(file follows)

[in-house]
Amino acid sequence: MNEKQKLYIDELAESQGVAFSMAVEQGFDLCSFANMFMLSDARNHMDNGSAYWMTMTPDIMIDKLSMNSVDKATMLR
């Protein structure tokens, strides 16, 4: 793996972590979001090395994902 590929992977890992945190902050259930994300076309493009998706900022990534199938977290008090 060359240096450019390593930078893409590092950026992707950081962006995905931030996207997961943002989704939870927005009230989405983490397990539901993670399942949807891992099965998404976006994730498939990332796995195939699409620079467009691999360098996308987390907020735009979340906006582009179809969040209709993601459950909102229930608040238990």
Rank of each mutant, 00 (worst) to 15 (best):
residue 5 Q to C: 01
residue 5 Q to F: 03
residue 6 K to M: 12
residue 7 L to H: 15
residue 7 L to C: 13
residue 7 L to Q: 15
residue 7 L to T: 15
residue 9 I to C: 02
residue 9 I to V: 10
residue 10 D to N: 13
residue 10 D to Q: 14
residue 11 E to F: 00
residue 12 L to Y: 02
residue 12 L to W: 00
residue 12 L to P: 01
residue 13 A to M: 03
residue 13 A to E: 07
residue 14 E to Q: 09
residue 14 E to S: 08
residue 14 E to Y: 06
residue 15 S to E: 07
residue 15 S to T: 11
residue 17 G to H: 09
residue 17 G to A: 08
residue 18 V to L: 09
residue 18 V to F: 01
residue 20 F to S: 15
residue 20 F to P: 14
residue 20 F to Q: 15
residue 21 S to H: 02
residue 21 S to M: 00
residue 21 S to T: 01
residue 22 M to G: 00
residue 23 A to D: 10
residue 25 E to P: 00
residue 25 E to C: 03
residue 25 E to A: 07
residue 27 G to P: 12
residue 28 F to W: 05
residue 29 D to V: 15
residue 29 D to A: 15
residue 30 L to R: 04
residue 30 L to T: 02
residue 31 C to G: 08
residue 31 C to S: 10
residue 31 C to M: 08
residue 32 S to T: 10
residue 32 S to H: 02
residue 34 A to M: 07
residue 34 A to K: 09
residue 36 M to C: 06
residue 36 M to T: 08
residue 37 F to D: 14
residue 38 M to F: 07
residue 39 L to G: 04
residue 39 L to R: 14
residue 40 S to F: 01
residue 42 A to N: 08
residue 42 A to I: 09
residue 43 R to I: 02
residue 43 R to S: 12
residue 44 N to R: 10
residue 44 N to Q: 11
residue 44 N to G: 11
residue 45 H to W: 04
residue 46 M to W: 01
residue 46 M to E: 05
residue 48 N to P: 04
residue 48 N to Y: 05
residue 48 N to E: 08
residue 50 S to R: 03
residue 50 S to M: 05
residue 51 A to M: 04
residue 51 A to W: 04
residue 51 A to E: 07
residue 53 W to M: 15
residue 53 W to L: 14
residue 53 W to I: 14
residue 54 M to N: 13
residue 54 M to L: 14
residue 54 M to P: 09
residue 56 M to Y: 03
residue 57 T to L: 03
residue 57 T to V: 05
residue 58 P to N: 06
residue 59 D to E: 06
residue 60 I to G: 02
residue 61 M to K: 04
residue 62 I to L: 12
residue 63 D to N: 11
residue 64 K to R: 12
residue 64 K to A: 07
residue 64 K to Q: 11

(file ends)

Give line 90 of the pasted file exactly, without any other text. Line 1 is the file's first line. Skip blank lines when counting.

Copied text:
residue 59 D to E: 06